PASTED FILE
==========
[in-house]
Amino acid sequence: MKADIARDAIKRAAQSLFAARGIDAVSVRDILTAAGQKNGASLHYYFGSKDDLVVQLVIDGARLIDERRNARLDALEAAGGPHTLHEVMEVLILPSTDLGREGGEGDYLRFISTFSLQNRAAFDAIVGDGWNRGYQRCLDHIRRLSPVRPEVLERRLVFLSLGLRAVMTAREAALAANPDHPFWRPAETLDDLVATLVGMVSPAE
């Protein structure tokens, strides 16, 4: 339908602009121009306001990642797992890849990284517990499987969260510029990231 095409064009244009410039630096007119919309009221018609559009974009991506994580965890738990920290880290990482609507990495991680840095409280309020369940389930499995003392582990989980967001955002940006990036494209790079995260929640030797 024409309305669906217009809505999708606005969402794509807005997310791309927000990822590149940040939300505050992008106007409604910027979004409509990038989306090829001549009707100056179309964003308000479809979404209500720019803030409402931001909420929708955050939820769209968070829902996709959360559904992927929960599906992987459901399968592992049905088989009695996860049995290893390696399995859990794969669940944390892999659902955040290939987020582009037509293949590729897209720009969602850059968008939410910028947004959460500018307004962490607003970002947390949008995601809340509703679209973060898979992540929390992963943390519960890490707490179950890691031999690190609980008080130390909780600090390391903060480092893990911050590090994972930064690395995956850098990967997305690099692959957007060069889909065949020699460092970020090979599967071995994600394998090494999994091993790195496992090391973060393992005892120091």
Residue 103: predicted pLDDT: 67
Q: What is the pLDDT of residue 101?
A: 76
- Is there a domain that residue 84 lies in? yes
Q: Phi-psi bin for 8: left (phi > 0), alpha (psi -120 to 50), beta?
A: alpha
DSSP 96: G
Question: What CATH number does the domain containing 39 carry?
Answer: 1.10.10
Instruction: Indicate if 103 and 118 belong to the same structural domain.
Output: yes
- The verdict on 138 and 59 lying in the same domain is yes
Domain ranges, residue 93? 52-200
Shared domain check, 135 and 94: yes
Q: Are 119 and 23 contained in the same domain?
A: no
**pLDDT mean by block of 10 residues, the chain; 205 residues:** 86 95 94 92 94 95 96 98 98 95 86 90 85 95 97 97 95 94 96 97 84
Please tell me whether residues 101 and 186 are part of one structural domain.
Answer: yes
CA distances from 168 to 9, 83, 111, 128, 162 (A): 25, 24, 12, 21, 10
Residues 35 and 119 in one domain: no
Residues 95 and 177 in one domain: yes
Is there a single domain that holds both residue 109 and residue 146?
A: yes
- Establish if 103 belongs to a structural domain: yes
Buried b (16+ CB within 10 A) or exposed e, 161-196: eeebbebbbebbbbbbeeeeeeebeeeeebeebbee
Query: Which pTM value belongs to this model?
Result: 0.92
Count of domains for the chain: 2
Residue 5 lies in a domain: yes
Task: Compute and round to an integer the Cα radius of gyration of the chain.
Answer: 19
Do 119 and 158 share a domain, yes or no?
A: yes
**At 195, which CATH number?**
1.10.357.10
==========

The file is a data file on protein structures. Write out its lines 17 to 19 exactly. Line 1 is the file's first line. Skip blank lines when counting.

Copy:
Shared domain check, 135 and 94: yes
Q: Are 119 and 23 contained in the same domain?
A: no